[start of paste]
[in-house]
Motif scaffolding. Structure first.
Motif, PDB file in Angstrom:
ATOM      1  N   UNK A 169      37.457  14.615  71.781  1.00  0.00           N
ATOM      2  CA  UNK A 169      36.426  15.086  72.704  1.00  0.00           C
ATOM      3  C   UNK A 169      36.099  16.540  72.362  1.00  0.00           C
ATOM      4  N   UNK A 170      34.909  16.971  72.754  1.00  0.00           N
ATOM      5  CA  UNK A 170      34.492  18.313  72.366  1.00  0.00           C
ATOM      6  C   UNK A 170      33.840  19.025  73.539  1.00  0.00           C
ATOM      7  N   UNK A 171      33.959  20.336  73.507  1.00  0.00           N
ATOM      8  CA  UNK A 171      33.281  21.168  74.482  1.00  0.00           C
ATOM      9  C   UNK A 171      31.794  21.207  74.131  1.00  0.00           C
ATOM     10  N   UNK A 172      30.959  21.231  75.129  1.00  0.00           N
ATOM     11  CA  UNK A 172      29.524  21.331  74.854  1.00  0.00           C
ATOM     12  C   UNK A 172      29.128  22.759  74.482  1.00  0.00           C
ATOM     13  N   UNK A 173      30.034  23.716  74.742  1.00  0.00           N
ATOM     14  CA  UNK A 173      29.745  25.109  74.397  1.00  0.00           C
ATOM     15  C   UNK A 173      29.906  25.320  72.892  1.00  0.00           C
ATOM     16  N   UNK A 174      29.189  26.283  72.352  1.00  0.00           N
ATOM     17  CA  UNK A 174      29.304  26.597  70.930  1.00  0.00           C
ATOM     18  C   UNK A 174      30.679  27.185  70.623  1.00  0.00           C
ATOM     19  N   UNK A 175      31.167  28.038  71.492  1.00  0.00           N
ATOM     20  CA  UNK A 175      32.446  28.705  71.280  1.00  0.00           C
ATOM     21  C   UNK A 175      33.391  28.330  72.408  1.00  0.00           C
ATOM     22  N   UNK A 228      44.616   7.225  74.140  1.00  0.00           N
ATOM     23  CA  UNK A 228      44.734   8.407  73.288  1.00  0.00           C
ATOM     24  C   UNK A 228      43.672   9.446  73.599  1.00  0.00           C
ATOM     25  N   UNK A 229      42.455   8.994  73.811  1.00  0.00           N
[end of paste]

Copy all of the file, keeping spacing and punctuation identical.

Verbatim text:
[in-house]
Motif scaffolding. Structure first.
Motif, PDB file in Angstrom:
ATOM      1  N   UNK A 169      37.457  14.615  71.781  1.00  0.00           N
ATOM      2  CA  UNK A 169      36.426  15.086  72.704  1.00  0.00           C
ATOM      3  C   UNK A 169      36.099  16.540  72.362  1.00  0.00           C
ATOM      4  N   UNK A 170      34.909  16.971  72.754  1.00  0.00           N
ATOM      5  CA  UNK A 170      34.492  18.313  72.366  1.00  0.00           C
ATOM      6  C   UNK A 170      33.840  19.025  73.539  1.00  0.00           C
ATOM      7  N   UNK A 171      33.959  20.336  73.507  1.00  0.00           N
ATOM      8  CA  UNK A 171      33.281  21.168  74.482  1.00  0.00           C
ATOM      9  C   UNK A 171      31.794  21.207  74.131  1.00  0.00           C
ATOM     10  N   UNK A 172      30.959  21.231  75.129  1.00  0.00           N
ATOM     11  CA  UNK A 172      29.524  21.331  74.854  1.00  0.00           C
ATOM     12  C   UNK A 172      29.128  22.759  74.482  1.00  0.00           C
ATOM     13  N   UNK A 173      30.034  23.716  74.742  1.00  0.00           N
ATOM     14  CA  UNK A 173      29.745  25.109  74.397  1.00  0.00           C
ATOM     15  C   UNK A 173      29.906  25.320  72.892  1.00  0.00           C
ATOM     16  N   UNK A 174      29.189  26.283  72.352  1.00  0.00           N
ATOM     17  CA  UNK A 174      29.304  26.597  70.930  1.00  0.00           C
ATOM     18  C   UNK A 174      30.679  27.185  70.623  1.00  0.00           C
ATOM     19  N   UNK A 175      31.167  28.038  71.492  1.00  0.00           N
ATOM     20  CA  UNK A 175      32.446  28.705  71.280  1.00  0.00           C
ATOM     21  C   UNK A 175      33.391  28.330  72.408  1.00  0.00           C
ATOM     22  N   UNK A 228      44.616   7.225  74.140  1.00  0.00           N
ATOM     23  CA  UNK A 228      44.734   8.407  73.288  1.00  0.00           C
ATOM     24  C   UNK A 228      43.672   9.446  73.599  1.00  0.00           C
ATOM     25  N   UNK A 229      42.455   8.994  73.811  1.00  0.00           N